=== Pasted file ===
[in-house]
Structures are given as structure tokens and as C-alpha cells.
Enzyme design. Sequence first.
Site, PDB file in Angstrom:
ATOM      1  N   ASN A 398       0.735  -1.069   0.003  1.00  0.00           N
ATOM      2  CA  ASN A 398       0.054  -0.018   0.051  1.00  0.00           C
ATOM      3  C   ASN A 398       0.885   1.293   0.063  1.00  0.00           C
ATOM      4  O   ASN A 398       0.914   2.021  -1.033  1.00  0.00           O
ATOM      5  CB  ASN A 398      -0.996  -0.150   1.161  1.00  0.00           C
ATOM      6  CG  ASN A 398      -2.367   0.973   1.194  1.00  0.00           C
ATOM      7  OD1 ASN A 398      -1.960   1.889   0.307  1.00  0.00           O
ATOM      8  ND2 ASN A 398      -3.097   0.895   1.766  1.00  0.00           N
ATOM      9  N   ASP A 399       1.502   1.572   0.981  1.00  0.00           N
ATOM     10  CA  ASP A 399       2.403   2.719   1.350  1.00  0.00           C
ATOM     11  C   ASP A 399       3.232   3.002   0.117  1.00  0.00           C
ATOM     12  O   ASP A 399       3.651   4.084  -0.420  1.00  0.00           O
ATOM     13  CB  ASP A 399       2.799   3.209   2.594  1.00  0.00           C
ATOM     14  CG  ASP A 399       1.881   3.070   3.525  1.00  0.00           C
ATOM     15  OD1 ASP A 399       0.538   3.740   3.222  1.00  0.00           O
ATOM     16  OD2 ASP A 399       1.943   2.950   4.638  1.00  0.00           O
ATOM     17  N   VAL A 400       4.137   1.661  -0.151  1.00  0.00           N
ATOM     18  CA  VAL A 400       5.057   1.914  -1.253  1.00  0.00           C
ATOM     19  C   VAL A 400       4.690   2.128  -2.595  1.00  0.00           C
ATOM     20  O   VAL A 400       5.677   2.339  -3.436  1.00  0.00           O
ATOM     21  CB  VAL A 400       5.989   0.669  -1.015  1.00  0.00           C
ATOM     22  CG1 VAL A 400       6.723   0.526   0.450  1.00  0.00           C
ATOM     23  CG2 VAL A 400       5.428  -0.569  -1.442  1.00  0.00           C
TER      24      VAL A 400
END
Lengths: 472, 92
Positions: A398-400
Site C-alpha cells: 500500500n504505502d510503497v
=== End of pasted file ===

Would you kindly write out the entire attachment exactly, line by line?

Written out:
[in-house]
Structures are given as structure tokens and as C-alpha cells.
Enzyme design. Sequence first.
Site, PDB file in Angstrom:
ATOM      1  N   ASN A 398       0.735  -1.069   0.003  1.00  0.00           N
ATOM      2  CA  ASN A 398       0.054  -0.018   0.051  1.00  0.00           C
ATOM      3  C   ASN A 398       0.885   1.293   0.063  1.00  0.00           C
ATOM      4  O   ASN A 398       0.914   2.021  -1.033  1.00  0.00           O
ATOM      5  CB  ASN A 398      -0.996  -0.150   1.161  1.00  0.00           C
ATOM      6  CG  ASN A 398      -2.367   0.973   1.194  1.00  0.00           C
ATOM      7  OD1 ASN A 398      -1.960   1.889   0.307  1.00  0.00           O
ATOM      8  ND2 ASN A 398      -3.097   0.895   1.766  1.00  0.00           N
ATOM      9  N   ASP A 399       1.502   1.572   0.981  1.00  0.00           N
ATOM     10  CA  ASP A 399       2.403   2.719   1.350  1.00  0.00           C
ATOM     11  C   ASP A 399       3.232   3.002   0.117  1.00  0.00           C
ATOM     12  O   ASP A 399       3.651   4.084  -0.420  1.00  0.00           O
ATOM     13  CB  ASP A 399       2.799   3.209   2.594  1.00  0.00           C
ATOM     14  CG  ASP A 399       1.881   3.070   3.525  1.00  0.00           C
ATOM     15  OD1 ASP A 399       0.538   3.740   3.222  1.00  0.00           O
ATOM     16  OD2 ASP A 399       1.943   2.950   4.638  1.00  0.00           O
ATOM     17  N   VAL A 400       4.137   1.661  -0.151  1.00  0.00           N
ATOM     18  CA  VAL A 400       5.057   1.914  -1.253  1.00  0.00           C
ATOM     19  C   VAL A 400       4.690   2.128  -2.595  1.00  0.00           C
ATOM     20  O   VAL A 400       5.677   2.339  -3.436  1.00  0.00           O
ATOM     21  CB  VAL A 400       5.989   0.669  -1.015  1.00  0.00           C
ATOM     22  CG1 VAL A 400       6.723   0.526   0.450  1.00  0.00           C
ATOM     23  CG2 VAL A 400       5.428  -0.569  -1.442  1.00  0.00           C
TER      24      VAL A 400
END
Lengths: 472, 92
Positions: A398-400
Site C-alpha cells: 500500500n504505502d510503497v